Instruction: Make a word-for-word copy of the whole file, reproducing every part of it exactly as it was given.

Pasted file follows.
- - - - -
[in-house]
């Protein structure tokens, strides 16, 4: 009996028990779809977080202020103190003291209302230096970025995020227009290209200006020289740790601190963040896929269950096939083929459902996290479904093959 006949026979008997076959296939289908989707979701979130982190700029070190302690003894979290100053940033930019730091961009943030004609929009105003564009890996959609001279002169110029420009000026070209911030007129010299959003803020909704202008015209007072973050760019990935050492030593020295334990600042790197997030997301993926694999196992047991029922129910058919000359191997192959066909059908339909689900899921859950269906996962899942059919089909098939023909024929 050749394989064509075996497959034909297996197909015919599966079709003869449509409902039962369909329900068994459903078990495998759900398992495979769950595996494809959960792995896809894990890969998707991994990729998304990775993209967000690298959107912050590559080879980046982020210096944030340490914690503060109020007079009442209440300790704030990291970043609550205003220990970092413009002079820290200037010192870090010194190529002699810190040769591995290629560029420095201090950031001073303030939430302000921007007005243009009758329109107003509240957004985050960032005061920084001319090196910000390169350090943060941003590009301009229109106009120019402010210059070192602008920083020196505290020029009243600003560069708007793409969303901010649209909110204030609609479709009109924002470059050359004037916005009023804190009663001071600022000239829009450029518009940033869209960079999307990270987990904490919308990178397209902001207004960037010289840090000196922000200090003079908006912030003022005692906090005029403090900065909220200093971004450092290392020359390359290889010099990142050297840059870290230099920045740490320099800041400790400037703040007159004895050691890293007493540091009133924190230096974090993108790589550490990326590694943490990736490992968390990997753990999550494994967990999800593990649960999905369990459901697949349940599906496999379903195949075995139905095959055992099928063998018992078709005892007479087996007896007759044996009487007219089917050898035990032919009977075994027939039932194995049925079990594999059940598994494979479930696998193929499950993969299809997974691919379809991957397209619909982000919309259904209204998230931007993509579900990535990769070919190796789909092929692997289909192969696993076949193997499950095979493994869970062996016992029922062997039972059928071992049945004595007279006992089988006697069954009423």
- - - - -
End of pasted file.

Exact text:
[in-house]
């Protein structure tokens, strides 16, 4: 009996028990779809977080202020103190003291209302230096970025995020227009290209200006020289740790601190963040896929269950096939083929459902996290479904093959 006949026979008997076959296939289908989707979701979130982190700029070190302690003894979290100053940033930019730091961009943030004609929009105003564009890996959609001279002169110029420009000026070209911030007129010299959003803020909704202008015209007072973050760019990935050492030593020295334990600042790197997030997301993926694999196992047991029922129910058919000359191997192959066909059908339909689900899921859950269906996962899942059919089909098939023909024929 050749394989064509075996497959034909297996197909015919599966079709003869449509409902039962369909329900068994459903078990495998759900398992495979769950595996494809959960792995896809894990890969998707991994990729998304990775993209967000690298959107912050590559080879980046982020210096944030340490914690503060109020007079009442209440300790704030990291970043609550205003220990970092413009002079820290200037010192870090010194190529002699810190040769591995290629560029420095201090950031001073303030939430302000921007007005243009009758329109107003509240957004985050960032005061920084001319090196910000390169350090943060941003590009301009229109106009120019402010210059070192602008920083020196505290020029009243600003560069708007793409969303901010649209909110204030609609479709009109924002470059050359004037916005009023804190009663001071600022000239829009450029518009940033869209960079999307990270987990904490919308990178397209902001207004960037010289840090000196922000200090003079908006912030003022005692906090005029403090900065909220200093971004450092290392020359390359290889010099990142050297840059870290230099920045740490320099800041400790400037703040007159004895050691890293007493540091009133924190230096974090993108790589550490990326590694943490990736490992968390990997753990999550494994967990999800593990649960999905369990459901697949349940599906496999379903195949075995139905095959055992099928063998018992078709005892007479087996007896007759044996009487007219089917050898035990032919009977075994027939039932194995049925079990594999059940598994494979479930696998193929499950993969299809997974691919379809991957397209619909982000919309259904209204998230931007993509579900990535990769070919190796789909092929692997289909192969696993076949193997499950095979493994869970062996016992029922062997039972059928071992049945004595007279006992089988006697069954009423």